MULVIHILL: Reform the First Writing Requirement

As it stands, the writing requirement fails to achieve its intended goal

As students finish settling in at the University this semester, many first-years are likely dedicating their first semester to complete general requirements. For students in the College of Arts and Sciences, the requirements include completing specific math, science, history and social sciences credits, among other courses. Additionally, unless deemed exempt, first year students must complete the first writing requirement, a course intended to help students develop their writing skills. However, the first writing requirement is an umbrella course offered to students of varying skill levels which could be improved by splitting students into more specialized classes, based on either their SAT reading and writing subscore or pre-submitted portfolios.

The first writing requirement (or ENWR, as it is often abbreviated) could be improved through several strategies. First and foremost, ENWR classes should be split into more distinct levels based on incoming students’ standardized test scores. Currently, any student who scores between a 570 and a 730 on the SAT reading and writing exam section is required to sign up for ENWR 1510, a semester-long writing course. However, the span of written and grammatical knowledge between students with the minimum and maximum scores for course enrollment is likely large. For this reason, the University should split students into different ENWR sections based on their test scores. This change would allow professors to better address the needs of their students based on their incoming knowledge. Furthermore, this system would allow professors to challenge students who scored higher on their exams, while ensuring that lower scoring students avoid falling behind. Although the ENWR course sections are small, it is still easy for students to fall behind if they are struggling with writing skills.

The University could also improve the ENWR format by requiring all students — other than those deemed exempt — to submit a written portfolio when they pay their deposit. The University already offers students the option to submit a portfolio to exempt from the first writing requirement. However, mandatory portfolio submissions would be another simple way to separate students into writing courses based on their skill levels. Portfolio submission would showcase the skills of all students and allow professors to better gauge the writing skills of the first-year student body.

Critics will likely state that the evaluation of the portfolios would be a waste of time and energy for University staff. The portfolios would be useful, though, for determining the areas students require the most improvement. The first writing requirement courses strive “to give students practice in sustained written inquiry, and to help students become more articulate about their own knowledge of writing.” Portfolio submissions would allow professors and graduate assistants to evaluate student strengths and weaknesses prior to the course beginning, to create a course plan tailored to student success.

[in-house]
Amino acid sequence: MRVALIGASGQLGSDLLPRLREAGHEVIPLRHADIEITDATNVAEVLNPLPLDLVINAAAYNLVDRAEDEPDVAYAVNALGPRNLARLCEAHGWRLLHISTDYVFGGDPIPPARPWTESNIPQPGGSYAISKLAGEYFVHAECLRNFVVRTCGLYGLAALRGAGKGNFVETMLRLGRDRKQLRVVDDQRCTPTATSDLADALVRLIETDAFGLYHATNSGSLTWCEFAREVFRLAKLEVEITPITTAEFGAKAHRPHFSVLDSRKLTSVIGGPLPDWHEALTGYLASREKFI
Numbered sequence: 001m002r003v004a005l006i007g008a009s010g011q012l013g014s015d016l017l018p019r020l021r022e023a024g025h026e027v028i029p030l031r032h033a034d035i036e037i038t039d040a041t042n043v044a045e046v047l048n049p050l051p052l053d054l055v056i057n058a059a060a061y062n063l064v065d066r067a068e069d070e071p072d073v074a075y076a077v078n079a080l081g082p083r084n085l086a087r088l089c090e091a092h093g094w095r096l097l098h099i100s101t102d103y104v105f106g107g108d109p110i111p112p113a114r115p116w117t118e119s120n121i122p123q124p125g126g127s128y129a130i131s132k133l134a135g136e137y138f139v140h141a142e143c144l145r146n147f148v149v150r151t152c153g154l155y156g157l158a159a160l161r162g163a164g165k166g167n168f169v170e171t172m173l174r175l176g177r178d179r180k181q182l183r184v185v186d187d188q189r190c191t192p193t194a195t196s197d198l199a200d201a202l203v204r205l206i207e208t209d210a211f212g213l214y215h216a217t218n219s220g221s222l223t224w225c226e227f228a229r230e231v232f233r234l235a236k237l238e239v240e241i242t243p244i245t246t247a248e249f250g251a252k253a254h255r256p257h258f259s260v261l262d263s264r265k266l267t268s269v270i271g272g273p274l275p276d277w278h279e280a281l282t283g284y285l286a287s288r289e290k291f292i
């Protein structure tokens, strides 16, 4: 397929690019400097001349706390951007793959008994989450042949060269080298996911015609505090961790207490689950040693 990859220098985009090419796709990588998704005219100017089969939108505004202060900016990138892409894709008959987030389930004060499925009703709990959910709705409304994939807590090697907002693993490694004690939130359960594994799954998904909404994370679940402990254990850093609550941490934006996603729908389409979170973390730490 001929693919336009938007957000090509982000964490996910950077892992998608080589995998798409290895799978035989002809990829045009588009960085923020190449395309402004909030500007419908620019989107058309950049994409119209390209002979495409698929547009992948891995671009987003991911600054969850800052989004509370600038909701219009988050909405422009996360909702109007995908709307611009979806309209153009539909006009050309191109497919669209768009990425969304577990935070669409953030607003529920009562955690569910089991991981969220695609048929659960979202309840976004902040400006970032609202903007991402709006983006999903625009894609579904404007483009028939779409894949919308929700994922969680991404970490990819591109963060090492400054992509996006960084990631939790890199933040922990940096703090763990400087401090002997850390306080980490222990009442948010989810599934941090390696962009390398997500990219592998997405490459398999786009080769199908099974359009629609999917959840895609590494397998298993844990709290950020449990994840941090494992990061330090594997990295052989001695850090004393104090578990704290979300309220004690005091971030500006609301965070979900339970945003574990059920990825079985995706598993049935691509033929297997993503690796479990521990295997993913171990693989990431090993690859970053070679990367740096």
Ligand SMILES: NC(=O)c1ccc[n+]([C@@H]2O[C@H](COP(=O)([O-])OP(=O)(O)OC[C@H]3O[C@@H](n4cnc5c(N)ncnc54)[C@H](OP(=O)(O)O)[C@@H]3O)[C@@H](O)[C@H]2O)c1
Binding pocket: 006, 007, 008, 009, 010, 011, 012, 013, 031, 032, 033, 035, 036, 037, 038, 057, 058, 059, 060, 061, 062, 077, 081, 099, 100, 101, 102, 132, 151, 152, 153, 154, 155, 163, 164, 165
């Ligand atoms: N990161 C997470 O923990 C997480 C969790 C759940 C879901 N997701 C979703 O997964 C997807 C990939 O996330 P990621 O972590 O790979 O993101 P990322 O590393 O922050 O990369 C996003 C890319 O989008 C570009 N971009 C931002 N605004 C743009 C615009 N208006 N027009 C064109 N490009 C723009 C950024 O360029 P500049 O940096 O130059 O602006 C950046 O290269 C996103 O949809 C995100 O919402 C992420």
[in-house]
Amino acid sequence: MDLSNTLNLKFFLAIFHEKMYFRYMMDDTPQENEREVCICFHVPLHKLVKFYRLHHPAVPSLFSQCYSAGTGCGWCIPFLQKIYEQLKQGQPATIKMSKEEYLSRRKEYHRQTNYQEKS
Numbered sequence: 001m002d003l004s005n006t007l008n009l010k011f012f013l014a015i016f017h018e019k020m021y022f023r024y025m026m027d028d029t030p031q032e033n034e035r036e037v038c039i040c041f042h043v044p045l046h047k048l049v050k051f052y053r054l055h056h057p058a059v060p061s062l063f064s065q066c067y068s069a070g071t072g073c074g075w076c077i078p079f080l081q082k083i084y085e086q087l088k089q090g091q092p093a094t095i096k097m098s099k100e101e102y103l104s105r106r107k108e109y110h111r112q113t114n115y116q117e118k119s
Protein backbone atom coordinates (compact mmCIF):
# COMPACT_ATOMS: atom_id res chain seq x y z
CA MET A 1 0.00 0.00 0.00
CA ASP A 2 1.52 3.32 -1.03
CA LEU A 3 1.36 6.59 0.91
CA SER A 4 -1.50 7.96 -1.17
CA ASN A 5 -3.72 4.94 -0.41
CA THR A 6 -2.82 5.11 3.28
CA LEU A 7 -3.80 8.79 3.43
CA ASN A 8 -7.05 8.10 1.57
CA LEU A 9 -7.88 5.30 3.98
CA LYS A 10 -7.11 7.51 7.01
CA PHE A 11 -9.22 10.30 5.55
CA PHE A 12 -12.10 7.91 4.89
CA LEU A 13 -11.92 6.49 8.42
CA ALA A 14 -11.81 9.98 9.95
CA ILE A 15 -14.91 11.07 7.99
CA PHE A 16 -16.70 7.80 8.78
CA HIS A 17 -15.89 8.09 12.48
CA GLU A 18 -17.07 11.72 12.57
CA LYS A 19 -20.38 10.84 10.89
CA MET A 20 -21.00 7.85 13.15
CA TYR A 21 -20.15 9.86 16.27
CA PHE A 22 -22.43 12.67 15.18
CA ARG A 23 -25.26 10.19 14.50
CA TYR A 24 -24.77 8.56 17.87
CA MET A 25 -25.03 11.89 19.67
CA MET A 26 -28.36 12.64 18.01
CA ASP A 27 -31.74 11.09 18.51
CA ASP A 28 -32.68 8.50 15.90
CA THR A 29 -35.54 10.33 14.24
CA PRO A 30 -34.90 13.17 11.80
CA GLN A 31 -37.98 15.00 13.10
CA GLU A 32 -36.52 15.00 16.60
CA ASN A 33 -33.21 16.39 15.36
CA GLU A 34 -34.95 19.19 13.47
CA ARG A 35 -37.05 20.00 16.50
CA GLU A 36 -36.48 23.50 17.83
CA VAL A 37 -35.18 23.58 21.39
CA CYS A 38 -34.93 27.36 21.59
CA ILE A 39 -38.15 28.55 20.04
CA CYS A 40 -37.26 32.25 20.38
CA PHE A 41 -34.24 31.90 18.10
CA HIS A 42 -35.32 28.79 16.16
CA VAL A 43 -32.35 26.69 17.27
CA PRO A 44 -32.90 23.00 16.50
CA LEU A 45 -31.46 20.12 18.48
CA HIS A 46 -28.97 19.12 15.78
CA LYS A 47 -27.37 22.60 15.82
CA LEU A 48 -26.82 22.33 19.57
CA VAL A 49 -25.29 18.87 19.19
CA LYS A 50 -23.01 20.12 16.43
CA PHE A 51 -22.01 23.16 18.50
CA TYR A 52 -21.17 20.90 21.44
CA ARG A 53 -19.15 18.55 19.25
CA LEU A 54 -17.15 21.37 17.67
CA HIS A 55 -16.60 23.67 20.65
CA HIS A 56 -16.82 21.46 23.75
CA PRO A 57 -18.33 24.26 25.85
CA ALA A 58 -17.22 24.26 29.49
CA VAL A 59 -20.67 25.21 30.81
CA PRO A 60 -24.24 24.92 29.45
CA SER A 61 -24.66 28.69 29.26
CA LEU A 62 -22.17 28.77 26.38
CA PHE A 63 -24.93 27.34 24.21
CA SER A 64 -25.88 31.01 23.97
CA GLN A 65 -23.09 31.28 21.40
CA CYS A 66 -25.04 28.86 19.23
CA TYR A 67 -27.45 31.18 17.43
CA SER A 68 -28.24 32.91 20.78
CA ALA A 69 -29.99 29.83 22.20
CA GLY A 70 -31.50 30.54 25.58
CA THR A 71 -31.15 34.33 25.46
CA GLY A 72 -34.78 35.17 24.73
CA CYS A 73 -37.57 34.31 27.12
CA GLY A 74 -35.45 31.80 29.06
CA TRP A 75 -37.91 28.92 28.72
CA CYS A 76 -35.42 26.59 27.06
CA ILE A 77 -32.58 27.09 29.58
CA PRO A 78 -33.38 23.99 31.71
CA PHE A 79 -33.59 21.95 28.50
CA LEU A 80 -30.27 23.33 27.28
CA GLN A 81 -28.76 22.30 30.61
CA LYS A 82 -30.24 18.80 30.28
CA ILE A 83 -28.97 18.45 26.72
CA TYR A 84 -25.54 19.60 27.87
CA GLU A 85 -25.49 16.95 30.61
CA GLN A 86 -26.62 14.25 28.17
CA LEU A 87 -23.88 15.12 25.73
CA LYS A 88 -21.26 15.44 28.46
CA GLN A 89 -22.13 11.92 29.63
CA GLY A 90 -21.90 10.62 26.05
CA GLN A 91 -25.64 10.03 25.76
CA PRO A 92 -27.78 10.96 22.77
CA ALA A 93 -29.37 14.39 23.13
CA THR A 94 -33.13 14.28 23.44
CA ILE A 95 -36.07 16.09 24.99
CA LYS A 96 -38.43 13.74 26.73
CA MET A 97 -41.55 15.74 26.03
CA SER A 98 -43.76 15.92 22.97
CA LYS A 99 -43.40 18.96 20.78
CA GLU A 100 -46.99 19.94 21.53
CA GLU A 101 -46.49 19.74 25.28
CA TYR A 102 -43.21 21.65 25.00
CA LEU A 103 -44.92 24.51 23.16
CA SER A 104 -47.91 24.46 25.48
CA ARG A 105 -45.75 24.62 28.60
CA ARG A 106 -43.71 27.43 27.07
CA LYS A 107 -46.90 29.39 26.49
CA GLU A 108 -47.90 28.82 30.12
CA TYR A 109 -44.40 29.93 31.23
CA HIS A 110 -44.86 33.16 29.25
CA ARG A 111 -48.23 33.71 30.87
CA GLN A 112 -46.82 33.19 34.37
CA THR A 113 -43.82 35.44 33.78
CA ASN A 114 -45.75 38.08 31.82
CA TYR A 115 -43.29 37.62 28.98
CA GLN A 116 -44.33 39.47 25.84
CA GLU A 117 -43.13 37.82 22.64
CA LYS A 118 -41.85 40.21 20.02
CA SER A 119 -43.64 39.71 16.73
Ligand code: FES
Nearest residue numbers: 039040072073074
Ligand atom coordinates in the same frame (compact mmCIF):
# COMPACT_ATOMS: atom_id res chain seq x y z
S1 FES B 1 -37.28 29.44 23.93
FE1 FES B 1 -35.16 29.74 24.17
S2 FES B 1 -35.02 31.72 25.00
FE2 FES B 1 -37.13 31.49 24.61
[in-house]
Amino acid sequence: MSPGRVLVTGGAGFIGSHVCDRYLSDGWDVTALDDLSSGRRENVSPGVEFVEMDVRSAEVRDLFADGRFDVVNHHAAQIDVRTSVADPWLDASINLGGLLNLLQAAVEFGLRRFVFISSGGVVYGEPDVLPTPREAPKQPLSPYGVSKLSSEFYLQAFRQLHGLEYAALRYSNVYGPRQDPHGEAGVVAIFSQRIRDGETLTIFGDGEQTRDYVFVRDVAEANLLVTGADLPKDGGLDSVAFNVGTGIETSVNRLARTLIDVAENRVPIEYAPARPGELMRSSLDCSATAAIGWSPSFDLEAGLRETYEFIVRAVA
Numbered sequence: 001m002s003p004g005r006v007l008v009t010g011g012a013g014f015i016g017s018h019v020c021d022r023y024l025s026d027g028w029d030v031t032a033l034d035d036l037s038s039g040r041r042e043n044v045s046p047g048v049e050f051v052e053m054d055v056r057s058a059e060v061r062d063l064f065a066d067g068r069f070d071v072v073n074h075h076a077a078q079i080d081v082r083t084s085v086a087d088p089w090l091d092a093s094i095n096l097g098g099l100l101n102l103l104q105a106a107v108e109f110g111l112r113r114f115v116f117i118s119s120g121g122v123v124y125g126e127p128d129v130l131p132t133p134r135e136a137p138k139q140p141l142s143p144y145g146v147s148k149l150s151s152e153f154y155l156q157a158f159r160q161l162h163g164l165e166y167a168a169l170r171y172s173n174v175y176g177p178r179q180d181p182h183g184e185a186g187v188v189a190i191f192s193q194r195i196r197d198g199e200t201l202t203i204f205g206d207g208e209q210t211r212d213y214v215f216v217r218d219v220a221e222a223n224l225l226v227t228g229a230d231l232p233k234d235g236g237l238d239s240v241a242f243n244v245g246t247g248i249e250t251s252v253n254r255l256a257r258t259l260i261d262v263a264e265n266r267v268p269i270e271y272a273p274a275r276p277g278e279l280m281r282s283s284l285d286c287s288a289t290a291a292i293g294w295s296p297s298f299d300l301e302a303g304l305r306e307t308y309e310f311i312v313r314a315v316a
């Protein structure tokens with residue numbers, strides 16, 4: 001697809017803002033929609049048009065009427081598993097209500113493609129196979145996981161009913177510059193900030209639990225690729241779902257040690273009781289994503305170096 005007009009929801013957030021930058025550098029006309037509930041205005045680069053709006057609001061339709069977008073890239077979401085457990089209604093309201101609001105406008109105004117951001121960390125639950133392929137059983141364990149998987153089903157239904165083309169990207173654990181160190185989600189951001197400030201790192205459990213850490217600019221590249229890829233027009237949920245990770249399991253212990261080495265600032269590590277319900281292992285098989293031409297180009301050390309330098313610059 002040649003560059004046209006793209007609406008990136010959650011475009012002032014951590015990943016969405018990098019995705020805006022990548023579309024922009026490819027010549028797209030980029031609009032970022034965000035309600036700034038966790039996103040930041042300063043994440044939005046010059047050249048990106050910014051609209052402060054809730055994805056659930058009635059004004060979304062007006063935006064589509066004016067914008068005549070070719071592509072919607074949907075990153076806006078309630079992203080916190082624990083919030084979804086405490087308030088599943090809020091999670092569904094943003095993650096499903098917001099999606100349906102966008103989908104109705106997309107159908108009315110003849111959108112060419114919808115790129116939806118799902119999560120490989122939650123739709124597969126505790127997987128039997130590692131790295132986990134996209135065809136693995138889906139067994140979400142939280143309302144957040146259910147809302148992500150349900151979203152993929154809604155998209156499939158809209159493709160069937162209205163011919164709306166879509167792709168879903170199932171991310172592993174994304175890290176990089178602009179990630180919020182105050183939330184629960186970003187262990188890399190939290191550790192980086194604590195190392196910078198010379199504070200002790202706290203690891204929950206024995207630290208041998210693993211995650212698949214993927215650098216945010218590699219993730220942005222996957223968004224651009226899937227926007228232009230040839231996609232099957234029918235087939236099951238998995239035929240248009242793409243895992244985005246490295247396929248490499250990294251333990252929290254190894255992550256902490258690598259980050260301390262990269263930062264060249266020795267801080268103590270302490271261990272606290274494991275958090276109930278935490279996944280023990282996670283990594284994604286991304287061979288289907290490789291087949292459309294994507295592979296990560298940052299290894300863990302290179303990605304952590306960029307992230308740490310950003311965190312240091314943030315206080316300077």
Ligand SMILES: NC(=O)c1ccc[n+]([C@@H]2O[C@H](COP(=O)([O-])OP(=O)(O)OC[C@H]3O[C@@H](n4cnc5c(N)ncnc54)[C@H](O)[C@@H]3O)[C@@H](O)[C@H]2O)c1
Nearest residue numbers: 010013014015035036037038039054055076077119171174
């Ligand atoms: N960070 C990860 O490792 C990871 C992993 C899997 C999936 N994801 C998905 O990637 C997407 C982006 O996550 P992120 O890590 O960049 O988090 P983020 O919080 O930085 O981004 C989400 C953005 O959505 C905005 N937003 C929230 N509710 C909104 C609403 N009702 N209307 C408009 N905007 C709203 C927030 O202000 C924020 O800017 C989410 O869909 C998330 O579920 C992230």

Detractors will likely be skeptical of the extra time and effort required to execute one or both of these changes. Nevertheless, the positive effects — increased attention to students’ baseline skills and personalized writing curricula — would set the University apart from its opponents. Written communication ability is one of the most sought after skills for employers. For University students to remain competitive in the post-secondary job market, they must have the best written education possible. Advanced notice of students’ skills would only assist professors with the challenge of molding their students into talented writers. Furthermore, success in college often rests on students’ written communication abilities and the ENWR serves as a foundation for those skills. The writing skills which students learn and perfect during ENWR classes carry them through their years at the University, so we should strive to make them as effective as possible. By providing specialized ENWR classes based on test scores or portfolio submissions, the College of Arts and Sciences could ensure that every student who completes the first writing requirement walks away with an increased knowledge of writing skills to be used at the University and after graduation.

Carly Mulvihill is the Senior Associate Editor for the Opinion section. She can be reached at

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